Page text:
Kim Novak Gives Her Oscar Bullies a Well-Deserved Wake-Up Call
It's sad how many times we have to talk about the marginalization of women in Hollywood. Kim Cattrall's Sensitive Skin is an upcoming series that will look at the treatment of aging Hollywood starlets. Emma Watson has criticized the fashion industry for perpetuating unrealistic ideals of what women should look like. Both of those issues combined led people to criticize Kim Novak for her appearance at the Oscars — literally. She presented the award for Best Animated Feature with Matthew McConaughey and people joked that he should use his True Detective skills to find out what happened to her face.
Unsurprisingly, the negative attention "crushed" Novak. She said in an interview with Associated Press that she "was just not prepared for such a negative reaction and it just caught me off guard." And on Thursday, she released an open letter to her critics in which she takes everyone to task for their cruel words and hurtful comments, reminding the world that the anonymity of the Internet doesn't give you a blanket pass to be a jerk.
After my appearance on the Oscars this year, I read all the jabs. I know what Donald Trump and others said, and I’m not going to deny that I had fat injections in my face. They seemed far less invasive than a face-lift... In my opinion, a person has a right to look as good as they can, and I feel better when I look better.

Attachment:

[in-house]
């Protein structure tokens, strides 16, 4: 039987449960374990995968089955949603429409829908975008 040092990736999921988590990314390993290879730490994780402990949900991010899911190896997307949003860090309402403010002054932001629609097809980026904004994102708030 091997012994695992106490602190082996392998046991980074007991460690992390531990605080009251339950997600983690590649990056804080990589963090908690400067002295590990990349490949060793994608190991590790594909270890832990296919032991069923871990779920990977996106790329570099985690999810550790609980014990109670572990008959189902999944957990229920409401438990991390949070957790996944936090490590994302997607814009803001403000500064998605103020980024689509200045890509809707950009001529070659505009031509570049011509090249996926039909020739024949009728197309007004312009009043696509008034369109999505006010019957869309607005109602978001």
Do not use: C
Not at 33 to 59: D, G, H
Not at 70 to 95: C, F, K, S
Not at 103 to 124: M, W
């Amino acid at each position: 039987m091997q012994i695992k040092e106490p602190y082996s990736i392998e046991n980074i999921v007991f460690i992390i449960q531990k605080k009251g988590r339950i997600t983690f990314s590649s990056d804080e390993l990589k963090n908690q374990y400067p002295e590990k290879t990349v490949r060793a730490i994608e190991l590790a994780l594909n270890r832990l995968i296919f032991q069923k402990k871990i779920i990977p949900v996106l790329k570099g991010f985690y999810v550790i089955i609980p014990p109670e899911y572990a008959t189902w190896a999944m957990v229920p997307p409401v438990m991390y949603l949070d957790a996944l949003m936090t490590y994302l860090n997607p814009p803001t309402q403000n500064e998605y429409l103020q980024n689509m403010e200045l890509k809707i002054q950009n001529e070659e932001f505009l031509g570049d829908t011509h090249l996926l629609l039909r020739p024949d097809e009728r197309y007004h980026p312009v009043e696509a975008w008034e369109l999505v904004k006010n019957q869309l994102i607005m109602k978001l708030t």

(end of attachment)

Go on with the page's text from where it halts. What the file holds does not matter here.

Novak makes a point that she shouldn't even need to make to begin with. Who doesn't feel better when they look better? Yes, society places an unrealistic amount of importance on appearance and presentation when making judgments about people, but it's amazing what a good hair day or an great outfit can do to improve an otherwise lackluster day. It's all about confidence and being able to draw strength from knowing that you look good is something not every woman can say or that every woman feels 100 percent of the time.
It is everyone's right to do whatever they think is best to make themselves look the way they want to look and Novak in particular is part of a marginalized group that has to work twice as hard as any other Hollywood group in order to remain in the industry that she loves. Hollywood is overflowing with young actors in their 20s and 30s, but at 81 Novak is less of a fresh face and more of a legend. She's been in the game since 1954. Where's her respect? It's more common to see people swooning over how actors are "aging with grace" and dismissing actresses the instant they start to show a hint of grey in their hair than it is to applaud the older generation for paving the way and for the large body of work they've produced.
"I will no longer hold myself back from speaking out against bullies," said Novak in her letter. "We can’t let people get away with affecting our lives. We need to stand up to them in a healthy way by speaking out, working out and acting out."
Novak may have been speaking about her own personal experience, but her words are applicable to people of all ages. They speak to everyone who has ever felt judged for their appearance and they call out everyone who has ever done the judging without realizing how much their words can hurt. If you didn't give her a standing ovation when she presented at the Oscars, then now would be a good time.